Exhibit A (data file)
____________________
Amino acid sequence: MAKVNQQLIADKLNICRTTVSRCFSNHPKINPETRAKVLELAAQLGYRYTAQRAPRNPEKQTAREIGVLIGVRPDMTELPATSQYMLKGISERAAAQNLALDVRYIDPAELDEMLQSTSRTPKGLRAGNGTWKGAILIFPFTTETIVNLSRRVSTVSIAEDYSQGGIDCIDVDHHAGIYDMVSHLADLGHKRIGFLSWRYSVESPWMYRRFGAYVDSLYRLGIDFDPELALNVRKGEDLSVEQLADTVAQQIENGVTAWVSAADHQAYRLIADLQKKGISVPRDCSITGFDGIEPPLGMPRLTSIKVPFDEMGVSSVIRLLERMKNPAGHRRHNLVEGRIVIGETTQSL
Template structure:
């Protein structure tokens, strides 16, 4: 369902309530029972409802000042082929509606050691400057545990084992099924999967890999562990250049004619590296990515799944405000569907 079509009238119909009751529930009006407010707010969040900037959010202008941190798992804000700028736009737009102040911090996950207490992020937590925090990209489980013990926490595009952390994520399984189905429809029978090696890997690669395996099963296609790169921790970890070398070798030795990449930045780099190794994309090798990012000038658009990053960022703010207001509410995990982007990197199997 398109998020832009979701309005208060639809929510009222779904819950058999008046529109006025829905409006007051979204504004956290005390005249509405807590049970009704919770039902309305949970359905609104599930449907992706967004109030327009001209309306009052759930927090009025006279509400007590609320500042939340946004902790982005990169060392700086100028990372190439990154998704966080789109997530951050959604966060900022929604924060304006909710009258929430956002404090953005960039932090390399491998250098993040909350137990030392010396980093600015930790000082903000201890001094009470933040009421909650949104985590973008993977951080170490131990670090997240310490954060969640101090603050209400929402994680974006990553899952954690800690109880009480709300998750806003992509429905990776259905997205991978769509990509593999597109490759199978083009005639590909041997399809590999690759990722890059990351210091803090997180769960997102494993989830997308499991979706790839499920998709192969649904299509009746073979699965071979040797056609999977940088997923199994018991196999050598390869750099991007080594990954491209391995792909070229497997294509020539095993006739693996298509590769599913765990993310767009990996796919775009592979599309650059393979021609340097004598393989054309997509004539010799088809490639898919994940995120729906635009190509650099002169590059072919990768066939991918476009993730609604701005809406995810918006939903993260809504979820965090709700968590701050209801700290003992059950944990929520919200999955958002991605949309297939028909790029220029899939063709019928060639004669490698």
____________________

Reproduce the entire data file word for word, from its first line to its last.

Amino acid sequence: MAKVNQQLIADKLNICRTTVSRCFSNHPKINPETRAKVLELAAQLGYRYTAQRAPRNPEKQTAREIGVLIGVRPDMTELPATSQYMLKGISERAAAQNLALDVRYIDPAELDEMLQSTSRTPKGLRAGNGTWKGAILIFPFTTETIVNLSRRVSTVSIAEDYSQGGIDCIDVDHHAGIYDMVSHLADLGHKRIGFLSWRYSVESPWMYRRFGAYVDSLYRLGIDFDPELALNVRKGEDLSVEQLADTVAQQIENGVTAWVSAADHQAYRLIADLQKKGISVPRDCSITGFDGIEPPLGMPRLTSIKVPFDEMGVSSVIRLLERMKNPAGHRRHNLVEGRIVIGETTQSL
Template structure:
């Protein structure tokens, strides 16, 4: 369902309530029972409802000042082929509606050691400057545990084992099924999967890999562990250049004619590296990515799944405000569907 079509009238119909009751529930009006407010707010969040900037959010202008941190798992804000700028736009737009102040911090996950207490992020937590925090990209489980013990926490595009952390994520399984189905429809029978090696890997690669395996099963296609790169921790970890070398070798030795990449930045780099190794994309090798990012000038658009990053960022703010207001509410995990982007990197199997 398109998020832009979701309005208060639809929510009222779904819950058999008046529109006025829905409006007051979204504004956290005390005249509405807590049970009704919770039902309305949970359905609104599930449907992706967004109030327009001209309306009052759930927090009025006279509400007590609320500042939340946004902790982005990169060392700086100028990372190439990154998704966080789109997530951050959604966060900022929604924060304006909710009258929430956002404090953005960039932090390399491998250098993040909350137990030392010396980093600015930790000082903000201890001094009470933040009421909650949104985590973008993977951080170490131990670090997240310490954060969640101090603050209400929402994680974006990553899952954690800690109880009480709300998750806003992509429905990776259905997205991978769509990509593999597109490759199978083009005639590909041997399809590999690759990722890059990351210091803090997180769960997102494993989830997308499991979706790839499920998709192969649904299509009746073979699965071979040797056609999977940088997923199994018991196999050598390869750099991007080594990954491209391995792909070229497997294509020539095993006739693996298509590769599913765990993310767009990996796919775009592979599309650059393979021609340097004598393989054309997509004539010799088809490639898919994940995120729906635009190509650099002169590059072919990768066939991918476009993730609604701005809406995810918006939903993260809504979820965090709700968590701050209801700290003992059950944990929520919200999955958002991605949309297939028909790029220029899939063709019928060639004669490698």